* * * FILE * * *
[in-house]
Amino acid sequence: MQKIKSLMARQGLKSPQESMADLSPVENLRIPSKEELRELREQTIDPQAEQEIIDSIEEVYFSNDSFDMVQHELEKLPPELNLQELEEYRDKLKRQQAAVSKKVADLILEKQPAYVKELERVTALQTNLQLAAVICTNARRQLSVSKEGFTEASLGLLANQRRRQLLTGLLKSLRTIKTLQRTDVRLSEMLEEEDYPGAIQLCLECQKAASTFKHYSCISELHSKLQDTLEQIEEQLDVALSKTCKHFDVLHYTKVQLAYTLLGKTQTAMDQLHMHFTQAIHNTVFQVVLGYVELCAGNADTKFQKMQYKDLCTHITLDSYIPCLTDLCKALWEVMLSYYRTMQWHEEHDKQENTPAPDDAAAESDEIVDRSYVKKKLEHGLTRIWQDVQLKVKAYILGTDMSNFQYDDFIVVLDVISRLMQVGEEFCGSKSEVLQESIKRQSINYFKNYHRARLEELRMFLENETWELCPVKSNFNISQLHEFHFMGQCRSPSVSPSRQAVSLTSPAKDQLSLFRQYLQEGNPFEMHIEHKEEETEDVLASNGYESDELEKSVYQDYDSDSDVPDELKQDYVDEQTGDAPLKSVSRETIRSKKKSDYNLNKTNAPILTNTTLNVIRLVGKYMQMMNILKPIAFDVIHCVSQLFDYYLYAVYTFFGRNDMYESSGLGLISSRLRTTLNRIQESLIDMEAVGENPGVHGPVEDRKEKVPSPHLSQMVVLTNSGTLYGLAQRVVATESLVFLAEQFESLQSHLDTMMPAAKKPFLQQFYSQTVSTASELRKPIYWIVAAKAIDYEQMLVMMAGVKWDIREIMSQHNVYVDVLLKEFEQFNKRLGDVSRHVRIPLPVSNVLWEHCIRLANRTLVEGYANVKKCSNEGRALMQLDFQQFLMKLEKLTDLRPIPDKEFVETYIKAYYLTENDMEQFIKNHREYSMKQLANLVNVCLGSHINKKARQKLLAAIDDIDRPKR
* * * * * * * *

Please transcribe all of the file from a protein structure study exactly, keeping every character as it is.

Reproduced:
[in-house]
Amino acid sequence: MQKIKSLMARQGLKSPQESMADLSPVENLRIPSKEELRELREQTIDPQAEQEIIDSIEEVYFSNDSFDMVQHELEKLPPELNLQELEEYRDKLKRQQAAVSKKVADLILEKQPAYVKELERVTALQTNLQLAAVICTNARRQLSVSKEGFTEASLGLLANQRRRQLLTGLLKSLRTIKTLQRTDVRLSEMLEEEDYPGAIQLCLECQKAASTFKHYSCISELHSKLQDTLEQIEEQLDVALSKTCKHFDVLHYTKVQLAYTLLGKTQTAMDQLHMHFTQAIHNTVFQVVLGYVELCAGNADTKFQKMQYKDLCTHITLDSYIPCLTDLCKALWEVMLSYYRTMQWHEEHDKQENTPAPDDAAAESDEIVDRSYVKKKLEHGLTRIWQDVQLKVKAYILGTDMSNFQYDDFIVVLDVISRLMQVGEEFCGSKSEVLQESIKRQSINYFKNYHRARLEELRMFLENETWELCPVKSNFNISQLHEFHFMGQCRSPSVSPSRQAVSLTSPAKDQLSLFRQYLQEGNPFEMHIEHKEEETEDVLASNGYESDELEKSVYQDYDSDSDVPDELKQDYVDEQTGDAPLKSVSRETIRSKKKSDYNLNKTNAPILTNTTLNVIRLVGKYMQMMNILKPIAFDVIHCVSQLFDYYLYAVYTFFGRNDMYESSGLGLISSRLRTTLNRIQESLIDMEAVGENPGVHGPVEDRKEKVPSPHLSQMVVLTNSGTLYGLAQRVVATESLVFLAEQFESLQSHLDTMMPAAKKPFLQQFYSQTVSTASELRKPIYWIVAAKAIDYEQMLVMMAGVKWDIREIMSQHNVYVDVLLKEFEQFNKRLGDVSRHVRIPLPVSNVLWEHCIRLANRTLVEGYANVKKCSNEGRALMQLDFQQFLMKLEKLTDLRPIPDKEFVETYIKAYYLTENDMEQFIKNHREYSMKQLANLVNVCLGSHINKKARQKLLAAIDDIDRPKR